Property experts have praised an announcement of bipartisan support for a policy aimed at helping younger people purchase their first home sooner.
Announced by Prime Minister Scott Morrison on Sunday, the plan will lower the mandatory home loan deposit from 20 per cent to just five per cent.
Within a few hours, opposition leader Bill Shorten had declared Labor's support for the plan also.
"Home loan affordability is one of the things that's talked about a lot, but there hasn't been much done about it from either side of government," said Tony Brasier, managing director of PRDNationwide.
The scheme will be capped at 10,000 loans each year and will be accessible by couples that earn under $200,000, and individuals earning less than $125,000.
While Mr Brasier said it was too early to tell whether the majority of the new homeowners will be concentrated in the city or the country, he conceded that the growth can only be positive.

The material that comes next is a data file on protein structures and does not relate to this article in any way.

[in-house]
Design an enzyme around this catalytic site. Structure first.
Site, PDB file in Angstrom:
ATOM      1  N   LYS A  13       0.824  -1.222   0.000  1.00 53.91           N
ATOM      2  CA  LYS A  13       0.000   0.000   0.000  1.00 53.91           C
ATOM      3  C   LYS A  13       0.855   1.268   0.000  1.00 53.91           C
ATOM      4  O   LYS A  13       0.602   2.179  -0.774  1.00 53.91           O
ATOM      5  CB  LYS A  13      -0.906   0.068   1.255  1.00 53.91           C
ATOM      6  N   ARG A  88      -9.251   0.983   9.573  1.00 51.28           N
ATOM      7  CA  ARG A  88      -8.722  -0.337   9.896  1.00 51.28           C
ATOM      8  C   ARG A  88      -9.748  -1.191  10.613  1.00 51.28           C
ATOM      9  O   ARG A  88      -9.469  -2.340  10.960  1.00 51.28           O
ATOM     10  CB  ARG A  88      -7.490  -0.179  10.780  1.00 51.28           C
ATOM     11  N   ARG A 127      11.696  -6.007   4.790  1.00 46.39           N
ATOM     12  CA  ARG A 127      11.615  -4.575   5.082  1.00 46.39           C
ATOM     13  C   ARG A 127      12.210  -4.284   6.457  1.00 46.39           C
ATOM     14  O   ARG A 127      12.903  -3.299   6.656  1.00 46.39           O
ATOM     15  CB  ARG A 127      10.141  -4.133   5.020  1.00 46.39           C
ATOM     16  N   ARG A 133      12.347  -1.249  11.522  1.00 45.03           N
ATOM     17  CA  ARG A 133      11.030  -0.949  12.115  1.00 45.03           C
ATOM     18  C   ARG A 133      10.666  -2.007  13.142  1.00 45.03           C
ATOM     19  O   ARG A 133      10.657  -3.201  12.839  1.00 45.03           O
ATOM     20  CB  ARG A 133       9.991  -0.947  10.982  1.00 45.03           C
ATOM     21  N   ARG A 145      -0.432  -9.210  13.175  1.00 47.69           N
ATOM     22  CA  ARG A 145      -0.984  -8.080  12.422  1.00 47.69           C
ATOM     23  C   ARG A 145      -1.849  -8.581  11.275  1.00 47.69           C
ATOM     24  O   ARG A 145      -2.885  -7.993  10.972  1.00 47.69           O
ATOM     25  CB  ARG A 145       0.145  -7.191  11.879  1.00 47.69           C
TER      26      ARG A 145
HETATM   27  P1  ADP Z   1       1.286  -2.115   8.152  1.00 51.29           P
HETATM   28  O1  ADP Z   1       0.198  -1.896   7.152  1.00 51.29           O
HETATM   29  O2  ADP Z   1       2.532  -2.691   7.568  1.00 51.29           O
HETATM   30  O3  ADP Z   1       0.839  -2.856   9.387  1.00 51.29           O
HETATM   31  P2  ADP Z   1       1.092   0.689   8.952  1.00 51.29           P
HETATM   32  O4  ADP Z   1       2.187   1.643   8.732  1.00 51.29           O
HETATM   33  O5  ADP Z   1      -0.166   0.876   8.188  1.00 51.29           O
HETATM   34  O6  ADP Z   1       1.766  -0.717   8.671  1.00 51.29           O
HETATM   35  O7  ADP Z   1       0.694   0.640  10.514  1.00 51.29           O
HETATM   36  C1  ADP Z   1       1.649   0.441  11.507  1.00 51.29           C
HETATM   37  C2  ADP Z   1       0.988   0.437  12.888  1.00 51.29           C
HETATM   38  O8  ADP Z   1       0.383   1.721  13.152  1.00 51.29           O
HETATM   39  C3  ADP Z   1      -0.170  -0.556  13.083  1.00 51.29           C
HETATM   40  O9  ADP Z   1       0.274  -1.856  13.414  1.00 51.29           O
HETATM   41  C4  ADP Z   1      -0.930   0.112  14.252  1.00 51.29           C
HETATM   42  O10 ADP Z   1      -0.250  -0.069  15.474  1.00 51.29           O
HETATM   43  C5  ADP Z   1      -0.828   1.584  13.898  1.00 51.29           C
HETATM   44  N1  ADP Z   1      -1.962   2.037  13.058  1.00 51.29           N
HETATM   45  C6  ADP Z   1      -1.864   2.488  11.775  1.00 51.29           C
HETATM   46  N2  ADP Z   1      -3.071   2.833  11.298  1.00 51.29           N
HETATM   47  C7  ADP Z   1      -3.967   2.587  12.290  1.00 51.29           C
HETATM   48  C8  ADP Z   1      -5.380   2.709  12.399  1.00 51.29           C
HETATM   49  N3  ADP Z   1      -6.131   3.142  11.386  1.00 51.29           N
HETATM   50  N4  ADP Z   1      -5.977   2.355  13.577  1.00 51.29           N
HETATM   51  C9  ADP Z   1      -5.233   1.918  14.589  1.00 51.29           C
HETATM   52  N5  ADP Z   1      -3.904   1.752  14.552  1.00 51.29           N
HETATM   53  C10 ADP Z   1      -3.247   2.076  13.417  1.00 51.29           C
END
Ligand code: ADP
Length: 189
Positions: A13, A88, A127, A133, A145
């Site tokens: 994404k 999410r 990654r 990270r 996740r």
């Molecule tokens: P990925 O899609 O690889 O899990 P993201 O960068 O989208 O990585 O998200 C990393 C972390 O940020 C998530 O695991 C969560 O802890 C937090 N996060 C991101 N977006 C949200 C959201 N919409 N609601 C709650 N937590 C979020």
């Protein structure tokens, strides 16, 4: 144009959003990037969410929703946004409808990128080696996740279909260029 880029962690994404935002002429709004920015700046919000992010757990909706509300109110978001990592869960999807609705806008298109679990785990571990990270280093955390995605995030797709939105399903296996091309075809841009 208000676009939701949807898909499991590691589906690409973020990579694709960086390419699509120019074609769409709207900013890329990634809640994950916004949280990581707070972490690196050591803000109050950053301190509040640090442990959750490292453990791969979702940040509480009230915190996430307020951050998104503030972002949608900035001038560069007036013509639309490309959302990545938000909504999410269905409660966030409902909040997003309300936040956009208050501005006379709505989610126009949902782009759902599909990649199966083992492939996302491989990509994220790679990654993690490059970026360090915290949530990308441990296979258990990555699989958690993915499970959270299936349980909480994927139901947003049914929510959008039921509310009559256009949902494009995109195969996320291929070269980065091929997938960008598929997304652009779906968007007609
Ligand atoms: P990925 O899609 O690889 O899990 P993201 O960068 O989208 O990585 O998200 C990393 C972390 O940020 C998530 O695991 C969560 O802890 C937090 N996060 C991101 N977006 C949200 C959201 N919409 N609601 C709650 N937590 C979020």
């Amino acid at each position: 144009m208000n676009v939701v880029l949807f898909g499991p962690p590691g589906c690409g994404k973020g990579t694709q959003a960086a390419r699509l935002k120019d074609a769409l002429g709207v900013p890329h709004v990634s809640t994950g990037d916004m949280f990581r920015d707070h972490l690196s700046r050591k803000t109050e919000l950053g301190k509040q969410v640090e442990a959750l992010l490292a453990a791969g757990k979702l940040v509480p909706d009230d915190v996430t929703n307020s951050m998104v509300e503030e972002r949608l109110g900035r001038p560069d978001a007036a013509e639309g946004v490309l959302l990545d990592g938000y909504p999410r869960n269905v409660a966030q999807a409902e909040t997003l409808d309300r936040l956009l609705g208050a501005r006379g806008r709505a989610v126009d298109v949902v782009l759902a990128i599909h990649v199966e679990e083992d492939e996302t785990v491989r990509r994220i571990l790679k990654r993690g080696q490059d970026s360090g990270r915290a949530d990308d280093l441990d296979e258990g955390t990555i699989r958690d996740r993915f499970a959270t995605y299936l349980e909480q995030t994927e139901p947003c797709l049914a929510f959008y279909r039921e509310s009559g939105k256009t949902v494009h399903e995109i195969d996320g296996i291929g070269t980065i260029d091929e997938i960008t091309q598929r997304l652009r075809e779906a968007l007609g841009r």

"We won't know how it'll all turn out for probably five to 10 years, [but] another 10,000 in the market will have a positive impact," he said.
Median house prices also preclude, "you can get a lot more for a $1million in the Riverina than you can in the big cities".
Essentially, the initiative will mean that up to 15 per cent of the home loan will be guaranteed by the government.
Mr Brasier did admit that this scheme could prove problematic for short-term investments.
"What if the prices keep going down, as they have been? If the homeowner only has 5 per cent equity in their house, they could end up going down to negative equity if the prices fall," he said.
"Historically though, prices rise again over five to 10 years, so if they take a long-term view, it'll work out. It'll only be a problem for anyone who's looking to buy a house and then [immediately] turn around and sell it."